Monday, April 6, 2015
Never Forget That You're Always Expendable
The March unemployment report wasn't as rosy as was expected as employers only added 126,000 jobs.
But no one appears to be panicking, as the unemployment rate remains at 5.5%, and some economists dismiss the lackluster hiring as simply a result of bad winter weather.
Still, this is no time to get overconfident. Actually, you should never be overconfident where your job is concerned, If the last several years have taught us nothing else, it should be that we must manage our careers daily -- not just when the economy tanks and we fear a layoff.
Here's a list of things you should be doing:
1. Instead of just posting a story link or a picture of a dancing elephant on your social network, engage in conversations. Interact with key industry people via Twitter or Facebook, commenting on their links or asking their opinion. Having 12,000 Twitter follower does you little good if they don't see you as a real human being. When you need help finding a job, it's those personal connections that matter the most.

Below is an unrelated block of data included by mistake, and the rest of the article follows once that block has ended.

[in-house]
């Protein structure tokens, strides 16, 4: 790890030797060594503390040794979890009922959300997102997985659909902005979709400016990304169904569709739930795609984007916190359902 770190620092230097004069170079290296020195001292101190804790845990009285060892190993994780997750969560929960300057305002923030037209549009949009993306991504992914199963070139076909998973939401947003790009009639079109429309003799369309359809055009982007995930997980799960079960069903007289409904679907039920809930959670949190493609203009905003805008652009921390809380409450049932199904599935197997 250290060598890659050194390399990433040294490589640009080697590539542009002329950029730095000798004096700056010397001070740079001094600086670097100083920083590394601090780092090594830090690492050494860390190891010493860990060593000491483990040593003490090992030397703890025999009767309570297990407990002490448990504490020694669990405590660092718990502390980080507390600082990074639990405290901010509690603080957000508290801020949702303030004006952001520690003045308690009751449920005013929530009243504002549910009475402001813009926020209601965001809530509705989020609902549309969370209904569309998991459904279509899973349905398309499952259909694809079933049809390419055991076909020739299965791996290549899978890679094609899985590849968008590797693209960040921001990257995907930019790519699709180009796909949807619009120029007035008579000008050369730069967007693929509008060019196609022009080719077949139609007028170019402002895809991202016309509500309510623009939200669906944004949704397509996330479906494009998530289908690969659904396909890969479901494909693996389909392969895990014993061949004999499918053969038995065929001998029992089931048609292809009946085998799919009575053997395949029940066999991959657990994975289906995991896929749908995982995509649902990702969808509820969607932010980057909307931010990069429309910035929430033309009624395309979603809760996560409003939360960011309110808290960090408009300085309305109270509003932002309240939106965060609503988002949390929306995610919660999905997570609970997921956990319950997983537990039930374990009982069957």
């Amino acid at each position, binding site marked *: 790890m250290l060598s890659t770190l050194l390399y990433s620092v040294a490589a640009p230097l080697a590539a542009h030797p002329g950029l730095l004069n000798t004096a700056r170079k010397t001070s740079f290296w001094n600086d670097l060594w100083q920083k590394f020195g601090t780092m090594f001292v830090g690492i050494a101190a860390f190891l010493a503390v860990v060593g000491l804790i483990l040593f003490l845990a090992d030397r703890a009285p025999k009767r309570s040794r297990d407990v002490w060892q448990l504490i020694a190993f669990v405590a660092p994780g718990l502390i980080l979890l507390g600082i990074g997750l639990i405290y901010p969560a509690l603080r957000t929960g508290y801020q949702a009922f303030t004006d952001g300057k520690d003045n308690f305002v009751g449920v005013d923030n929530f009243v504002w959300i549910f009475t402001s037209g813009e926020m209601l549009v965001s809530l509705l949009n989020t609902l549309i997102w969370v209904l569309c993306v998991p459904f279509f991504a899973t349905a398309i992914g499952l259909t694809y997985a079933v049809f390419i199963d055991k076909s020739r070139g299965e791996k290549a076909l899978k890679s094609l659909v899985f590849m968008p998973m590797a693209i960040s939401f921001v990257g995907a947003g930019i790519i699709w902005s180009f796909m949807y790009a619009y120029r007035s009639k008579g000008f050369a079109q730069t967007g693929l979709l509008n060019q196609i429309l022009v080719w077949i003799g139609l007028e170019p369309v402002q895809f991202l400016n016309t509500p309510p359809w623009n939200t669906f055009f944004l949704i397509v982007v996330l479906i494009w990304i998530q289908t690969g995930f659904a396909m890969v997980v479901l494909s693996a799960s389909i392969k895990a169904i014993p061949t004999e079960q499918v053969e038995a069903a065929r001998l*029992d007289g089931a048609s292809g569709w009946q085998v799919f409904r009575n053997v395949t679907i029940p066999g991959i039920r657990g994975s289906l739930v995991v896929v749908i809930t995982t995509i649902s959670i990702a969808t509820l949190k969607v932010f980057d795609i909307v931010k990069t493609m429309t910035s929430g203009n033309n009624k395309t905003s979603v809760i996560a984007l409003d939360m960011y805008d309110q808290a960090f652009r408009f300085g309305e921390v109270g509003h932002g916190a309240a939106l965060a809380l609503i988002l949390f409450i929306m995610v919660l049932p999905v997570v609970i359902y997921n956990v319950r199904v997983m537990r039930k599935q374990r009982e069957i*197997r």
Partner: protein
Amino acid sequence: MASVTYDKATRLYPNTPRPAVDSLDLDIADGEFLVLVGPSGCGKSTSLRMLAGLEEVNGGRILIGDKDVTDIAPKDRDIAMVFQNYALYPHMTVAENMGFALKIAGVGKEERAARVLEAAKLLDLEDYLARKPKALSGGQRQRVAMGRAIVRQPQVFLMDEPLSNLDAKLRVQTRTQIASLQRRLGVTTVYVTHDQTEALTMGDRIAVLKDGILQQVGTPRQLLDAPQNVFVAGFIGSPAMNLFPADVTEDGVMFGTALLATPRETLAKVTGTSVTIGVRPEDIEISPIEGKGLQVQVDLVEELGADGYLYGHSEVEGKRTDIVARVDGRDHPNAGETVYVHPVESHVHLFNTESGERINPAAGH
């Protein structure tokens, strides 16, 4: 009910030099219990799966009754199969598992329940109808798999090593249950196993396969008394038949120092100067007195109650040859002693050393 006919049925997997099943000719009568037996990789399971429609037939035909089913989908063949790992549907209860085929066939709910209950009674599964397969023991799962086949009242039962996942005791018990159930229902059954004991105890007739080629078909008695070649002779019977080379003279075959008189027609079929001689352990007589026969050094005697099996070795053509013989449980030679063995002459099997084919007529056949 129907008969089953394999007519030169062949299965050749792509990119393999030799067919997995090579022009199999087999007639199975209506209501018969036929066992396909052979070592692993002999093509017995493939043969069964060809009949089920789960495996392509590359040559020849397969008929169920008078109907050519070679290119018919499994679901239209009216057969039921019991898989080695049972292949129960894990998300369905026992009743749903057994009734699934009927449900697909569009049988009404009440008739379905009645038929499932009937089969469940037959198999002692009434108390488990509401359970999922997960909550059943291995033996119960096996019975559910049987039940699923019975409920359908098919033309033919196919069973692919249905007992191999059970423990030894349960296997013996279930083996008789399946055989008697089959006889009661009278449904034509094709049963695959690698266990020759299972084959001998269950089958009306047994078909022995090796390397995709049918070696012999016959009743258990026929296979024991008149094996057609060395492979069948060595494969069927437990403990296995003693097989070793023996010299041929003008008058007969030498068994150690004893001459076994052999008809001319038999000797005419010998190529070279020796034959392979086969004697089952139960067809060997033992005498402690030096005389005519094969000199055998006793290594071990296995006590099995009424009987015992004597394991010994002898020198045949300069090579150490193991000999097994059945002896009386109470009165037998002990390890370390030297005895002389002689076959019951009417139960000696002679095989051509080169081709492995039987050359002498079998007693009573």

2. Add to your network with a phone call. Don't just rely on LinkedIn to add to your connections. Schedule a time to chat with an existing contact, or follow up with a phone call to someone you recently met at a conference or meeting. Keep the conversation short but memorable. For example, maybe you can pass on some information that the other person will find helpful or introduce them to another contact.
3. Continue to increase your knowledge by listening to podcasts, attending webinars or carving out time to read a new leadership book. Put money aside every month so that you can attend an industry conference, or approach your boss about getting some cross-training.
4. Look at your present position and plot where you would like to be in three to five years. Who now occupies that job? What do you lack in education or experience that could hold you back from that position? Think about how and when you can increase your skills and knowledge to be ready for that job in several years.
5. Take a hard look at your company and your industry. Will they survive the next five to 10 years? Are there enough doubts or warning signs that you need to go back to school immediately? Can you get some training in other jobs that are more likely to be around in a decade? Do you know the right people to help you if your job is eliminated for some reason?
While you may think you're too busy to take on any or all of these tasks, think of the alternative. Ask anyone who was out of a job in the last several years and they will tell you they wish they had taken the time to make more connections, build their skills or be aware their industry was headed for trouble.
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